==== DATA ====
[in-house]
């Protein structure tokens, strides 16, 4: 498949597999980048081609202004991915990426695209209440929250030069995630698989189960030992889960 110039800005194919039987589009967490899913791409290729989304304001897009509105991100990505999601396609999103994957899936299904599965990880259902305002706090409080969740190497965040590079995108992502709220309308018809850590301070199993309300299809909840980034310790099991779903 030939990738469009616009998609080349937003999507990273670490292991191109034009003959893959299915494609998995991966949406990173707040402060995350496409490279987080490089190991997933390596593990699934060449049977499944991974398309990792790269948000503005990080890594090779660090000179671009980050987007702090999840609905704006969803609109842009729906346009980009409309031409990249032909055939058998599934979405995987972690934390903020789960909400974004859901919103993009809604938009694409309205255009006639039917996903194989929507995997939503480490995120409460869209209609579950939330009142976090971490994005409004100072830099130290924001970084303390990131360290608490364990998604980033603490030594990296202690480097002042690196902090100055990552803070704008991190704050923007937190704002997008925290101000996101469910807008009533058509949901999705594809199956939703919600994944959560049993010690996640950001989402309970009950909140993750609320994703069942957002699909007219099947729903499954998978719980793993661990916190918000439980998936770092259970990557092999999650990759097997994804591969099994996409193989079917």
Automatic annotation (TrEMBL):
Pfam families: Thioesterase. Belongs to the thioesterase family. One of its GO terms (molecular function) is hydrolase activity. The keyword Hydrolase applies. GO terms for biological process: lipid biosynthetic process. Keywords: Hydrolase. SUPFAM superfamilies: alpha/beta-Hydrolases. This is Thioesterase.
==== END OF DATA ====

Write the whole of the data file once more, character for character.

[in-house]
């Protein structure tokens, strides 16, 4: 498949597999980048081609202004991915990426695209209440929250030069995630698989189960030992889960 110039800005194919039987589009967490899913791409290729989304304001897009509105991100990505999601396609999103994957899936299904599965990880259902305002706090409080969740190497965040590079995108992502709220309308018809850590301070199993309300299809909840980034310790099991779903 030939990738469009616009998609080349937003999507990273670490292991191109034009003959893959299915494609998995991966949406990173707040402060995350496409490279987080490089190991997933390596593990699934060449049977499944991974398309990792790269948000503005990080890594090779660090000179671009980050987007702090999840609905704006969803609109842009729906346009980009409309031409990249032909055939058998599934979405995987972690934390903020789960909400974004859901919103993009809604938009694409309205255009006639039917996903194989929507995997939503480490995120409460869209209609579950939330009142976090971490994005409004100072830099130290924001970084303390990131360290608490364990998604980033603490030594990296202690480097002042690196902090100055990552803070704008991190704050923007937190704002997008925290101000996101469910807008009533058509949901999705594809199956939703919600994944959560049993010690996640950001989402309970009950909140993750609320994703069942957002699909007219099947729903499954998978719980793993661990916190918000439980998936770092259970990557092999999650990759097997994804591969099994996409193989079917």
Automatic annotation (TrEMBL):
Pfam families: Thioesterase. Belongs to the thioesterase family. One of its GO terms (molecular function) is hydrolase activity. The keyword Hydrolase applies. GO terms for biological process: lipid biosynthetic process. Keywords: Hydrolase. SUPFAM superfamilies: alpha/beta-Hydrolases. This is Thioesterase.